Baltimore-area home sales rise 15% in April

Baltimore-area home sales rose 15 percent in April compared with a year earlier, and newly pending deals soared as buyers kicked the spring housing market into higher gear, according to data released Friday.

Prices remained largely unchanged at $238,000 for the typical home in the region — Baltimore and its five suburban counties. That remains well under the region's April peak of $275,000 six years ago, after the housing bubble pushed up prices but before the bust and financial crisis deflated them.


Still, sellers as a group are getting closer to their asking price than they have in five years, said Rockville-based RealEstate Business Intelligence. And RBI said the number of local homes for sale "remains historically low," helping to drive down the typical time on the market to its shortest in nearly seven years.

John F. Sullivan, vice president of Buyer's Edge Co. Inc. in Federal Hill, said sparse supply is the No. 1 problem for prospective buyers. He blames the lack of options on price gyrations over the past decade — many homeowners bought when values were high and owe more on their mortgage than the property is worth.

"It's going to take a while before some people are out from underwater," said Sullivan, an exclusive buyer's agent whose company does not represent sellers. "Anything ... on the market that's good and properly priced is sold in the first 10 days."

The pool of for-sale homes shrank further in April. But buyers eager for more choices had something to cheer about: The number of homes newly listed for sale jumped nearly 20 percent.

"The rise in new listings could indicate that sellers are starting to be drawn into the market by higher price points and faster sale times," said RBI, the data arm of the region's multiple-listing service, Metropolitan Regional Information Systems.

Locally, median sale prices were all over the board in April — up at least 3 percent in most of the region, but down 4 percent in Baltimore County and 7 percent in Howard County.

It's not always possible to judge price trends by the median, or midpoint, because it depends on the mix of homes selling in any given month. April's sale increase was driven by buyers of condos and townhouses, which generally are less expensive than single-family homes.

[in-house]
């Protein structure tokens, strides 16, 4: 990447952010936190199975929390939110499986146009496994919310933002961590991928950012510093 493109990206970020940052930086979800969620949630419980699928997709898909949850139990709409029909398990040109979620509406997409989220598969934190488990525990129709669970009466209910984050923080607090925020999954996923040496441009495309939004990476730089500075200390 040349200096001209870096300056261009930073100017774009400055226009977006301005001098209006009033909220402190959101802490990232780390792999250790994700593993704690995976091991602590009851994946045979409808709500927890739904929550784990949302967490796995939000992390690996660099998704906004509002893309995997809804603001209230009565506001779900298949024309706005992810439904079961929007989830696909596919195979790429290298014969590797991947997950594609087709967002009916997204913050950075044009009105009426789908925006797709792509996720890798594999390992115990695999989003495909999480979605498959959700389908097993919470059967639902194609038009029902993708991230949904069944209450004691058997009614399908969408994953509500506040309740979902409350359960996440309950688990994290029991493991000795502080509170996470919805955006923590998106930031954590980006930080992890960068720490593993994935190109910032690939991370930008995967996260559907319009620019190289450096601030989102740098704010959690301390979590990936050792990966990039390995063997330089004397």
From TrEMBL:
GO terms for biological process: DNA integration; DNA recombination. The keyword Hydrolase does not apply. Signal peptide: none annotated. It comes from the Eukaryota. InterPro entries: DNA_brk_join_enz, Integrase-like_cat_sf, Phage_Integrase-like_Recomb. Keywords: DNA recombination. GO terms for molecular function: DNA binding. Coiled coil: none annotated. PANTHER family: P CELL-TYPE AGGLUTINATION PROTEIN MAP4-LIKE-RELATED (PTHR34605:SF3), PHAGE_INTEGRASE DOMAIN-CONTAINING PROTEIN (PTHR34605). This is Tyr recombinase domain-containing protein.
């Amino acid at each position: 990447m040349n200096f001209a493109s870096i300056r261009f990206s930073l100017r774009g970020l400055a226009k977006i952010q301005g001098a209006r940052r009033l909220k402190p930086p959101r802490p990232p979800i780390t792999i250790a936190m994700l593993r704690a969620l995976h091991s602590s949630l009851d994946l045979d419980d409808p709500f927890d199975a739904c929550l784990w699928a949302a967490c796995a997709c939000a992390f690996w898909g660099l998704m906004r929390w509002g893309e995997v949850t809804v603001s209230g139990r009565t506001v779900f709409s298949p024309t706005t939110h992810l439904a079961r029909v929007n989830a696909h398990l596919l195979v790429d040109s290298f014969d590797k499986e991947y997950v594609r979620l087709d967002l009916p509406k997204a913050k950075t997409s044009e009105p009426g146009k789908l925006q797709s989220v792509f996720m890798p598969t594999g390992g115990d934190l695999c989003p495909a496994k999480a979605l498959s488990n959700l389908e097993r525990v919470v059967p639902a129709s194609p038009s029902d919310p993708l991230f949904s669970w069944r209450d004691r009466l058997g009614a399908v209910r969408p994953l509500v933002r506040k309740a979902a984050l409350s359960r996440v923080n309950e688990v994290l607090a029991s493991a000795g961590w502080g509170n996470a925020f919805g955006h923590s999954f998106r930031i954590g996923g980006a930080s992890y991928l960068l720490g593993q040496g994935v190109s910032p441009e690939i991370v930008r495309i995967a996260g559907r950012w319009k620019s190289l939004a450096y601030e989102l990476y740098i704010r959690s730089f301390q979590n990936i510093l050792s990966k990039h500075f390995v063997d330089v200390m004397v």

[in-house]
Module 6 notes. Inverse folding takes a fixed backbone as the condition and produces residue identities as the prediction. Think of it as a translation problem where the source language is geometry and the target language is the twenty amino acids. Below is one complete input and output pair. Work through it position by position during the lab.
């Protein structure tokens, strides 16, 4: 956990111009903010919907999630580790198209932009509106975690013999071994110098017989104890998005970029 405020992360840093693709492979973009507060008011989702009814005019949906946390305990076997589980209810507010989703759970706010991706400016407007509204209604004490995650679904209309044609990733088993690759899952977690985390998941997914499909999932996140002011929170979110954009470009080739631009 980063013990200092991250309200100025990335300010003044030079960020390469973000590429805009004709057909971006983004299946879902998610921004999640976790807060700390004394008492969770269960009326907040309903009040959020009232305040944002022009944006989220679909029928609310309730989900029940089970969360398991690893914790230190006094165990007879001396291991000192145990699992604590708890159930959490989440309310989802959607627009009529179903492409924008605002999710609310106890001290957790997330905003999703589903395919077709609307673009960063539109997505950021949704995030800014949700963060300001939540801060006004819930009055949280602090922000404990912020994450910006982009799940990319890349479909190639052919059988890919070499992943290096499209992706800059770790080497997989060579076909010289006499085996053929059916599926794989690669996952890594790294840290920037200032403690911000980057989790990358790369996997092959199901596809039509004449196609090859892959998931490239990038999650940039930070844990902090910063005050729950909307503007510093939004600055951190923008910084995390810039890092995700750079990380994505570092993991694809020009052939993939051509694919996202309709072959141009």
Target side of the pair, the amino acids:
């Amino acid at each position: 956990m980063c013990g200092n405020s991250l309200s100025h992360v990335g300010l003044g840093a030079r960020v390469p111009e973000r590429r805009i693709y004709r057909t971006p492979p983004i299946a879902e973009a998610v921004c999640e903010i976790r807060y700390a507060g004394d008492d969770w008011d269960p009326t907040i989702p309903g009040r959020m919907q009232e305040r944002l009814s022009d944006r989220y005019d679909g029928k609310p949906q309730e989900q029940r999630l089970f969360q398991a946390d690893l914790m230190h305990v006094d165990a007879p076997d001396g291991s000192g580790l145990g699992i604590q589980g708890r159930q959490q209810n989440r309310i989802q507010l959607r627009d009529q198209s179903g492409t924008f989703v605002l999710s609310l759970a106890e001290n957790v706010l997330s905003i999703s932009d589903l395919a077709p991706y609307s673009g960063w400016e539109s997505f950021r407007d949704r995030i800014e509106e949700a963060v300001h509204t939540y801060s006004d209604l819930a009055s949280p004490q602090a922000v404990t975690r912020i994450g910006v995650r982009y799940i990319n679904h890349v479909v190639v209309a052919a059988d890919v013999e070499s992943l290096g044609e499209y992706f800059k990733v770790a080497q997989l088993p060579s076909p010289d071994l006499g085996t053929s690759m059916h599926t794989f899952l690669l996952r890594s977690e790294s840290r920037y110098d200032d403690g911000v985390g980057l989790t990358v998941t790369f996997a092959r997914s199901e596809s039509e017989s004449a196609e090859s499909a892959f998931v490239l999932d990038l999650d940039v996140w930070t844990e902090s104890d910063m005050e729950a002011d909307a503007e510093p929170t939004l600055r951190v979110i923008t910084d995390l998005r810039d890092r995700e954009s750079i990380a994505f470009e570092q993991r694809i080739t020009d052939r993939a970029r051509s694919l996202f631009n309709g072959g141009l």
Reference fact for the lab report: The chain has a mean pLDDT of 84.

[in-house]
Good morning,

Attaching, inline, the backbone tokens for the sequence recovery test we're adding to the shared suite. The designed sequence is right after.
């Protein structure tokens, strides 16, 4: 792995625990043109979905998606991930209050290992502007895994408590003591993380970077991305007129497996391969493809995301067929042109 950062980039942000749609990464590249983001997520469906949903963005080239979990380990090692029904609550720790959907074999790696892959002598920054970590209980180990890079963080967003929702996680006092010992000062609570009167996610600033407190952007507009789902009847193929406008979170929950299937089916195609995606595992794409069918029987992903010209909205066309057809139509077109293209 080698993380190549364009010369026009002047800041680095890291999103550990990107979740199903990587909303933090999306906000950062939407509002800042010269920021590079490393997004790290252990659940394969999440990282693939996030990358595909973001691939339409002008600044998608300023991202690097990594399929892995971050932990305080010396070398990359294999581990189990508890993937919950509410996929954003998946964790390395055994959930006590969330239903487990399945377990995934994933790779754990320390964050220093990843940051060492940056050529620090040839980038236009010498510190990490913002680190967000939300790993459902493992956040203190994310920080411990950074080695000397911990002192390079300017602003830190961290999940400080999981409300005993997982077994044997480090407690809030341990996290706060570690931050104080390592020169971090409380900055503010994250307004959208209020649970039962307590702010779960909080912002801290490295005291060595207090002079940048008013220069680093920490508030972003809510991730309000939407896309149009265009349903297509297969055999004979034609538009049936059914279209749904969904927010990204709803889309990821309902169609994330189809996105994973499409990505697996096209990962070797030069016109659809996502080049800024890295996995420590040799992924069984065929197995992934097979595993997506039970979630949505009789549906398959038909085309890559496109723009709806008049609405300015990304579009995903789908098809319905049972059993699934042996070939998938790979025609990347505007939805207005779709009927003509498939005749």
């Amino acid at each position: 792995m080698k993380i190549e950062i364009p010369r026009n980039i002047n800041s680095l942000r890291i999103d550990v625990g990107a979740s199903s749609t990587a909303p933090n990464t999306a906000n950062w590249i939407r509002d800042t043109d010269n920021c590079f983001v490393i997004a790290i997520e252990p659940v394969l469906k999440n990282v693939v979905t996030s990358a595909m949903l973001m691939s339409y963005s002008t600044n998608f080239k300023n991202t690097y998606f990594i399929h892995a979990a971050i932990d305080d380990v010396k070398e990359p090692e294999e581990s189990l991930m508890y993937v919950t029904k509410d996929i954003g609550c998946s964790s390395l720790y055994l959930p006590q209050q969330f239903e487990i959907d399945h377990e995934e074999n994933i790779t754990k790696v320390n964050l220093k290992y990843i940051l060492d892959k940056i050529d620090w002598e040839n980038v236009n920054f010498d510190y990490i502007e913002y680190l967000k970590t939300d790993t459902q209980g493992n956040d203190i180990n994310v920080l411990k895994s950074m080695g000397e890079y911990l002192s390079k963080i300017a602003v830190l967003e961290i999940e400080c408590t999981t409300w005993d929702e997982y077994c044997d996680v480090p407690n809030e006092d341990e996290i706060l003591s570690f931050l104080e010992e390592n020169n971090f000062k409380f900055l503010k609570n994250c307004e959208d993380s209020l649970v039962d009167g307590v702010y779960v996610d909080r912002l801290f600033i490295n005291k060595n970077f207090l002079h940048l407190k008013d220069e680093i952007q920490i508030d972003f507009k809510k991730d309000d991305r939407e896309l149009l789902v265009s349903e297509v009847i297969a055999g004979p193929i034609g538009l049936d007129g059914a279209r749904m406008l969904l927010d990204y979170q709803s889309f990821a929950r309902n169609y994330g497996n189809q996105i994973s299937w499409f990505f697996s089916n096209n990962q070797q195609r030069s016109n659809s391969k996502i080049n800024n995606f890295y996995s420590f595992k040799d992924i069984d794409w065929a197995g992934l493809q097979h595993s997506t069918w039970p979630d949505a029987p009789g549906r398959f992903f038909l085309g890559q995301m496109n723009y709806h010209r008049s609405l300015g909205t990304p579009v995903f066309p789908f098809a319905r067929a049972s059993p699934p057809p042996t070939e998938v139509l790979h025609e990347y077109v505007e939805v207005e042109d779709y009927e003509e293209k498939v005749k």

Condominium sales jumped 33 percent compared with a year ago, while townhouse sales rose 23 percent. Sales of single-family homes rose 7 percent.

What's really happening to the price of local homes is small increases, Sullivan said, not the escalations that came the last time supply was tight. Buyers are much more discriminating than they were at the height of the housing bubble in the middle of the last decade, he said.

The economy is another factor limiting prices.

Even with improvements in job growth over recent months, it's difficult for new graduates to land positions that pay well, holding back new household formation, said Andy Bauer, senior regional economist for the Federal Reserve Bank of Richmond's Baltimore office. And some homeowners who would otherwise sell and buy a bigger place are staying put because they see no significant pay increases on the horizon, he said.

But inventory is so low — here and nationally — that developers are readying themselves by buying land for future home construction, Bauer said.

"Things have stabilized," he said. "We're starting to get on a sustained upward trend. It's a question of, when do things pick up more quickly?"

He believes it won't be immediate for the Baltimore region, not with furloughs of federal workers and other government budget cuts due to ripple through the area this year.


"That stronger turnaround, I think, is just going to be pushed out because of recent developments," Bauer said.

Home sales in the Baltimore region are higher than April levels for all but one of the past five years. However, the roughly 2,300 homes sold falls short of figures for that month in every other year since the late 1990s, when Metropolitan Regional Information Systems began tracking the region.

For now, at least, the pace is picking up. The pipeline of pending deals — contracts signed in April — rose 22 percent from a year earlier, RBI said. That is by far the biggest increase this year.